High Blood Pressure: How Low Should We Go?

Tuesday, September 15, 2015 // Uncategorized

How low she one’s blood pressure be when being treated for hypertension?  That question has been debated for decades.  The last updated guidelines were in late 2014.  They created controversy by raising the optimal levels in patients 60 and over.  Here is a summary from Journal Watch:

December 30, 2014 JNC 8: Raising the Blood Pressure (and Ire) of Many Jamaluddin Moloo, MD, MPH Jamaluddin Moloo, MD, MPH

The Joint National Committee recommends that patients older than 60 be treated for hypertension only when systolic blood pressure exceeds 150 mm Hg. Jamaluddin Moloo, MD, MPHThe Joint National Committee (JNC) 8 guideline (published online in late December 2013 and printed in a February 2014 issue of JAMA) addresses blood pressure (BP) thresholds at which drug therapy should be initiated, BP targets during hypertensive treatment, and choice of antihypertensive agents (NEJM JW Gen Med Dec 24 2013).For patients younger than 60, JNC 8 specifies that drug therapy should be considered when diastolic BP is >90 mm Hg or systolic BP is >140 mm Hg. For older patients (age, ≥60), the diastolic BP threshold remains >90 mm Hg, but the systolic BP threshold is >150 mm Hg. Among people with diabetes or chronic renal disease, the threshold to initiate drug therapy is 140/90 mm Hg, and the goal for treatment is <140/90.In black patients, initial drug choices include thiazide-type diuretics or calcium-channel blockers (CCBs); in nonblack patients, initial drug choices were expanded (relative to JNC 7 recommendations) to include not just thiazide-type diuretics, but also CCBs, angiotensin-converting-enzyme (ACE) inhibitors and angiotensin-receptor blockers (ARBs) — but not β-blockers. JNC 8 recommends that patients with chronic renal disease generally should be prescribed ACE inhibitors or ARBs.Compared with the JNC 7 writers, the JNC 8 writing committee drew its conclusions more strictly from randomized-trial evidence and limited the scope of the guideline to drug therapy for hypertension. The most controversial and contested recommendation is the higher threshold (systolic BP, >150 mm Hg) for people older than 60. Some experts, and the American Society of Hypertension, recommend a target this high only for patients older than 80 (NEJM JW Gen Med Dec 24 2013). – See more at:


Now the latest salvo comes from the NIH and a study that was stopped prematurely.  They issued a press release describing the results.  The problem is that it hasn’t yet be published and subjected to scrutiny as occurs with important clinical trials.  Here is the article from the New York Times:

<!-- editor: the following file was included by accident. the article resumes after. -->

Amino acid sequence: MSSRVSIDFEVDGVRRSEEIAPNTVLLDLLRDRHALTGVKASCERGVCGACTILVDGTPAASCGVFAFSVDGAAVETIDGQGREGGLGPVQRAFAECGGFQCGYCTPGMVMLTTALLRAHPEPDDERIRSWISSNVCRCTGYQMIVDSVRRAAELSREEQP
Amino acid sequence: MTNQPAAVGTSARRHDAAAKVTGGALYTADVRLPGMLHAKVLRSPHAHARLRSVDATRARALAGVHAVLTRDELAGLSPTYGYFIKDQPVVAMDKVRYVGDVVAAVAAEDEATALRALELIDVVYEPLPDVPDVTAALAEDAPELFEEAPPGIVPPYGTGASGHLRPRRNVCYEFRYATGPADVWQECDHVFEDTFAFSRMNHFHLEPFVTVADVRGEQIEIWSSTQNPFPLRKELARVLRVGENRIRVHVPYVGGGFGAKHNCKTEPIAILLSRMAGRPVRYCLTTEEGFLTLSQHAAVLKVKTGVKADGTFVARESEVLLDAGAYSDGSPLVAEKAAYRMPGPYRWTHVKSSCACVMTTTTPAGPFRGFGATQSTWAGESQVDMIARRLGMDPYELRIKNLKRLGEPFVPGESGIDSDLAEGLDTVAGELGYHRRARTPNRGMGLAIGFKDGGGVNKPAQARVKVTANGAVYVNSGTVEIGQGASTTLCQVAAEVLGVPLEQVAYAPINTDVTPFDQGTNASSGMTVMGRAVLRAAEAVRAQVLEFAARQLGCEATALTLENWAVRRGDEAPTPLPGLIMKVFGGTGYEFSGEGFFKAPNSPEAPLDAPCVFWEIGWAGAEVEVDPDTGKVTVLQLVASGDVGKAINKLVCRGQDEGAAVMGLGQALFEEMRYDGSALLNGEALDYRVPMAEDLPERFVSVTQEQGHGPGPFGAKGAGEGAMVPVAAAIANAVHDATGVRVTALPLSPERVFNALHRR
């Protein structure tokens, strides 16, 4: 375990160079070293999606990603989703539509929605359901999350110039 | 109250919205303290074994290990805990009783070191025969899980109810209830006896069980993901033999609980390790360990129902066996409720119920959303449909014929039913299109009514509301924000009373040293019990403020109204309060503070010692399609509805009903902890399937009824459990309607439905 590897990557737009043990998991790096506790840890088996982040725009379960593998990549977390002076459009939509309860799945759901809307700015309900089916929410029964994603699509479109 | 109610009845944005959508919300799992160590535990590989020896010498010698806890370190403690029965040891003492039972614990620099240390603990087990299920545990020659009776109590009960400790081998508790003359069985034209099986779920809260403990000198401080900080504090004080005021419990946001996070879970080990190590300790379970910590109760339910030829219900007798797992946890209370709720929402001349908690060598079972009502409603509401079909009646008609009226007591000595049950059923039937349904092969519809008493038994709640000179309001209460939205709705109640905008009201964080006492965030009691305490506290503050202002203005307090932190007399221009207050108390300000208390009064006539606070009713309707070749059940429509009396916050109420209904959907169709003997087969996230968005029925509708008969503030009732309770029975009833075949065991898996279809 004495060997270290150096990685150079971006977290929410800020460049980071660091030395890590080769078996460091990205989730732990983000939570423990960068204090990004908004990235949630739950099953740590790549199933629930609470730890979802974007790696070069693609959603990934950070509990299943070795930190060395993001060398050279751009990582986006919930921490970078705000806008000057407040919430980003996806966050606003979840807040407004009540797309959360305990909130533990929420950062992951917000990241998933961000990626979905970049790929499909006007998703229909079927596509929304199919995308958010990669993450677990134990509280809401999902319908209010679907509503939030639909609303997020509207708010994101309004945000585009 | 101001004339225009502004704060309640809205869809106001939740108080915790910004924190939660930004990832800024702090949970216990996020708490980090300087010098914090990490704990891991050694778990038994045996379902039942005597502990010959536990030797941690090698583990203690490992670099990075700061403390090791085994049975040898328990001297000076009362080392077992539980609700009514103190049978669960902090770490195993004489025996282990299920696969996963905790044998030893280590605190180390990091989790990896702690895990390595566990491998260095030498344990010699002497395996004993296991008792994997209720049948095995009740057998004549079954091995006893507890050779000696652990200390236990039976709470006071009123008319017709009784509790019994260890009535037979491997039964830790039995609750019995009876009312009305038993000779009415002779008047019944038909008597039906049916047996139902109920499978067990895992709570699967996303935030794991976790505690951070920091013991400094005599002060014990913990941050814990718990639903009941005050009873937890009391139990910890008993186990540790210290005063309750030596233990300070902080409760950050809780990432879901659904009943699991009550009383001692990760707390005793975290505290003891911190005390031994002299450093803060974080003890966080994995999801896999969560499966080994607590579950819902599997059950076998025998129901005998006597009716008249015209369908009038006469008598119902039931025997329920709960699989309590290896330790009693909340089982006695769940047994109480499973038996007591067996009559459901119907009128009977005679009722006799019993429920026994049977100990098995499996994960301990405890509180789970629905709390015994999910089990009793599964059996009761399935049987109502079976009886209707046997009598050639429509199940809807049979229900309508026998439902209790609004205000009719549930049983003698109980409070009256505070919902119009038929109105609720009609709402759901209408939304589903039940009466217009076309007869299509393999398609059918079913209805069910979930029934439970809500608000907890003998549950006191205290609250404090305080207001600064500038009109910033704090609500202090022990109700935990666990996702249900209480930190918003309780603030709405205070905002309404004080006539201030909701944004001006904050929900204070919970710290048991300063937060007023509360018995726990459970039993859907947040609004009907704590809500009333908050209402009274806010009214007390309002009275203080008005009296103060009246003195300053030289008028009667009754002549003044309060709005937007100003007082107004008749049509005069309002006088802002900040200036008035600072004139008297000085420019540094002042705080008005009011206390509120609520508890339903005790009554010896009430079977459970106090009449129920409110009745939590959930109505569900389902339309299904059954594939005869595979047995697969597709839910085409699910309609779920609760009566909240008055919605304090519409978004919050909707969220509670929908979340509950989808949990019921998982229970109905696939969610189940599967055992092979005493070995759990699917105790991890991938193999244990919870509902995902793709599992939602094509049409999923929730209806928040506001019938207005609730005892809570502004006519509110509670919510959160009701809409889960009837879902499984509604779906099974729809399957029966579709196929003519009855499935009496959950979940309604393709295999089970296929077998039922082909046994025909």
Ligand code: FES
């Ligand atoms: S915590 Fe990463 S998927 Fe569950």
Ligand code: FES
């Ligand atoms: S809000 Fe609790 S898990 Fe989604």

Lower Blood Pressure Guidelines Could Be ‘Lifesaving,’ Federal Study Says

September 14, 2015 NIH: Aggressive Blood Pressure Management May Cut CV Events, Save Lives By Amy Orciari Herman Edited by André Sofair, MD, MPH

Reducing systolic blood pressure to below currently recommended targets may lower risk for cardiovascular events and death, according to findings from the NIH-funded SPRINT study announced on Friday.Some 9300 hypertensive adults aged 50 and older who were at high risk for heart disease or had kidney disease were randomized to one of two systolic BP targets: an aggressive target below 120 mm Hg, or a more conventional target below 140 mm Hg. Patients with diabetes or prior stroke were excluded.Participants were randomized between 2010 and 2013, and the trial was expected to go until 2017, but the researchers stopped it early after seeing the benefits of the intensive strategy. In that group, the risk for cardiovascular events was cut by nearly a third, and the mortality risk by almost a fourth, relative to conventional treatment.NEJM Journal Watch Cardiology’s Dr. Harlan Krumholz said: “Kudos to the NIH and the investigators for delivering on a challenging trial in this controversial area.The challenge for doctors and patients is to have patience because we only have the announcement at this point and lack the details to know how best to translate the study into practice.” – See more at:


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